Forget “sports washing”: Qatar 2022 is about military might and solid sporting power | World Cup 2022

WIts need a new word for this thing. Psychologists have sometimes used the phrase “semantic saturation” to describe the process in which saying the word “woodpecker” 20 times in a row, or sitting in a circle and reciting the phrase “easy-to-combined chinos” eventually strips those sounds of any meaning, as if the concept of a chino Easy to install all of a sudden no longer exists.

Something like the word “sportswashing” happened. This has always been a hopeful coin, adopted on hoofs to describe governments or other entities using elite sport as a propaganda tool. Years of extensive use, first by Azerbaijani human rights activists, then Amnesty International, and then by news and sports pages, has left it looking a little loose.

Currently, sportswashing has been embraced among apologists as a kind of internet, vaguely meaning that it belongs to the same company as “wokery,” has feelings or offends an emoji. They have come. Bloody hearts. The liberals. The deprived and the dead. How serious is something with “laundry” in its name really?

You have to hand it to Qatar 2022. The opening match is a little over a month away and every question, from the words to use, to Ruben Loftus-Cheek’s bewildering team at the start of the season as a central hub, still leads you back on the same basic ground. why him world Cup Happening in Qatar anyway?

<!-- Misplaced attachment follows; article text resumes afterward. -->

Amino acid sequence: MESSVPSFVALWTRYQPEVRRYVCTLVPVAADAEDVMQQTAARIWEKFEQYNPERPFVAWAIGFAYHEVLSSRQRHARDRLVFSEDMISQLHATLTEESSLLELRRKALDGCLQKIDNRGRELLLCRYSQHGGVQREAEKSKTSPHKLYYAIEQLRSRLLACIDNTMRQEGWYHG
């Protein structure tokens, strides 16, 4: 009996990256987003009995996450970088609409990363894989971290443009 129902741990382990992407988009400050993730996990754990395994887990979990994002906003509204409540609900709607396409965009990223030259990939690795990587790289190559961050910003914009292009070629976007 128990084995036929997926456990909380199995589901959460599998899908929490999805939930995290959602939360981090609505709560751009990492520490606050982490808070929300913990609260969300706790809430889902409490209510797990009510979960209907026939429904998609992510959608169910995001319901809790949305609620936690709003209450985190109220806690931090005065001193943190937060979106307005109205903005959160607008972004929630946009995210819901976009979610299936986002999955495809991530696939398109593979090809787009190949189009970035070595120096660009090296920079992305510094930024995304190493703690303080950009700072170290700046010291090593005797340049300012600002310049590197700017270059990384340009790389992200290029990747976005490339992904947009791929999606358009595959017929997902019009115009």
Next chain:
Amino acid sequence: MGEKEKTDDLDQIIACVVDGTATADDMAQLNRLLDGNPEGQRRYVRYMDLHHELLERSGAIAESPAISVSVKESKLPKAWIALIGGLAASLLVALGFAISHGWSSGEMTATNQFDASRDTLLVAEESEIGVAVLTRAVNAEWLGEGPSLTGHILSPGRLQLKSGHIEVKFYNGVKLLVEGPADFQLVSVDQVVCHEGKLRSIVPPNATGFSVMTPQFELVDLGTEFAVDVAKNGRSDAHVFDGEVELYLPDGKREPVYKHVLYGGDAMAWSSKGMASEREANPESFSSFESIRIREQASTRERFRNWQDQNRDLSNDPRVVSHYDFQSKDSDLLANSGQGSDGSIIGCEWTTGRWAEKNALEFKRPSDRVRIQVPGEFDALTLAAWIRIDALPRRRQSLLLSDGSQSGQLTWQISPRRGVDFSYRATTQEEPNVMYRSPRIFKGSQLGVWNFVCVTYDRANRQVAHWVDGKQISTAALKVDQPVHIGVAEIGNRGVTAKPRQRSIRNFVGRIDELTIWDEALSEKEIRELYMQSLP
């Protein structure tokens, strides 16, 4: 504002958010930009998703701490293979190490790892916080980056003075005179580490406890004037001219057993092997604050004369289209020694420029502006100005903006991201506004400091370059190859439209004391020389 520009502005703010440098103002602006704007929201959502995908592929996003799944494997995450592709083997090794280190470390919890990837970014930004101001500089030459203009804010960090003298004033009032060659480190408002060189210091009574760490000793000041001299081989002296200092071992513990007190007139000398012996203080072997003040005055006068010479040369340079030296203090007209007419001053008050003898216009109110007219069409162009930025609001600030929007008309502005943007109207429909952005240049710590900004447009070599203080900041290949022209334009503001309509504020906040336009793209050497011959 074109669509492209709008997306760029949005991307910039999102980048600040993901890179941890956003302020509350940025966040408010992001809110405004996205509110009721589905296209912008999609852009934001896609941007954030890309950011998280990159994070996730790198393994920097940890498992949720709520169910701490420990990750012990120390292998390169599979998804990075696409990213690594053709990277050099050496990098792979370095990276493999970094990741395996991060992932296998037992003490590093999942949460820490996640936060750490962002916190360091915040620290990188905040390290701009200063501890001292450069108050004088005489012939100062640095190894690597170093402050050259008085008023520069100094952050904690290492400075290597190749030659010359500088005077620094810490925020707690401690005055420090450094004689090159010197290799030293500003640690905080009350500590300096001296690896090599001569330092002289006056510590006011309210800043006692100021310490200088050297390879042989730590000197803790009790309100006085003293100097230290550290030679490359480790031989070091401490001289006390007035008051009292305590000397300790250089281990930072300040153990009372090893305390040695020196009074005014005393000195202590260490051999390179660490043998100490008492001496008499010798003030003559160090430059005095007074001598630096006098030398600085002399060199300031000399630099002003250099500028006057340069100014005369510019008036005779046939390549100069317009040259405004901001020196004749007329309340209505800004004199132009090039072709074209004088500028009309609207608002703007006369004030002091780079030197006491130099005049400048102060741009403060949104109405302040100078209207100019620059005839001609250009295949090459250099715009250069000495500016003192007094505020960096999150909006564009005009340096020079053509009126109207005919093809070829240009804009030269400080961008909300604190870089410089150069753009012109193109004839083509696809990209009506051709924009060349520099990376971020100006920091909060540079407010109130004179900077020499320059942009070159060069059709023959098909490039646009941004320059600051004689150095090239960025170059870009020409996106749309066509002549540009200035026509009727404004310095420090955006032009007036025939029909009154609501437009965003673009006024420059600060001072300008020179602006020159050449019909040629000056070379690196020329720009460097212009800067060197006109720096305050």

We still don’t have a clear answer. The consequences and related causes have been examined in great detail, from FIFA’s corruption, to human rights abuses to the disturbing ambition of the wealthy. But there is still a void at the heart of this massive and arduous project. Absence of any real idea of ​​the cause.

Some numbers might help. The last 200 Royal Air Force personnel were deployed this week to Qatar’s Dukhan Air Base, as part of Project Thurayat, a joint security mission within the World Cup. Has anyone noticed in 2020 that the RAF has formed a combined Air Force squadron with it QatarThe only joint squadron with anyone since World War II? But Qatar also has 24 shiny new British Typhoon and Hawk Mk167 aircraft.

And this is not a private party. Welcome to Qatar 2022, where the world comes together, and does it in earnest. Amazing expectation. Expect to be part of a broad geopolitical security operation.

Qatar has 3,250 Turkish security officers. There are South Korean military specialists in Qatar who teach “close combat skills”. Qatar has a NATO that takes care of chemical, biological, radiological and nuclear threats. Qatari airspace is monitored by Kronos radar, Electronic Warfare Compact Airborne Threat Surveyor, SkyDome Transmission Data Link and the popular DroneHunter attack system.

Qatar has 36 F-15QA combat aircraft and 24 American Apache helicopters. Qatar has 28 NH90 helicopters from Italy, 36 Rafale helicopters and two A330 MRTT aerial refueling planes from France. Qatar has the eyes of the world. Qatar has a glastonberry spider. Qatar has David Beckham. And it is quite clear that the World Cup is also a weapon in this company. The Glastonbury spider is a weapon. David Beckham is a weapon. Perhaps you thought Beckham was just a tool or a machine. But it’s also a massive weapon and weapon, judging by its price.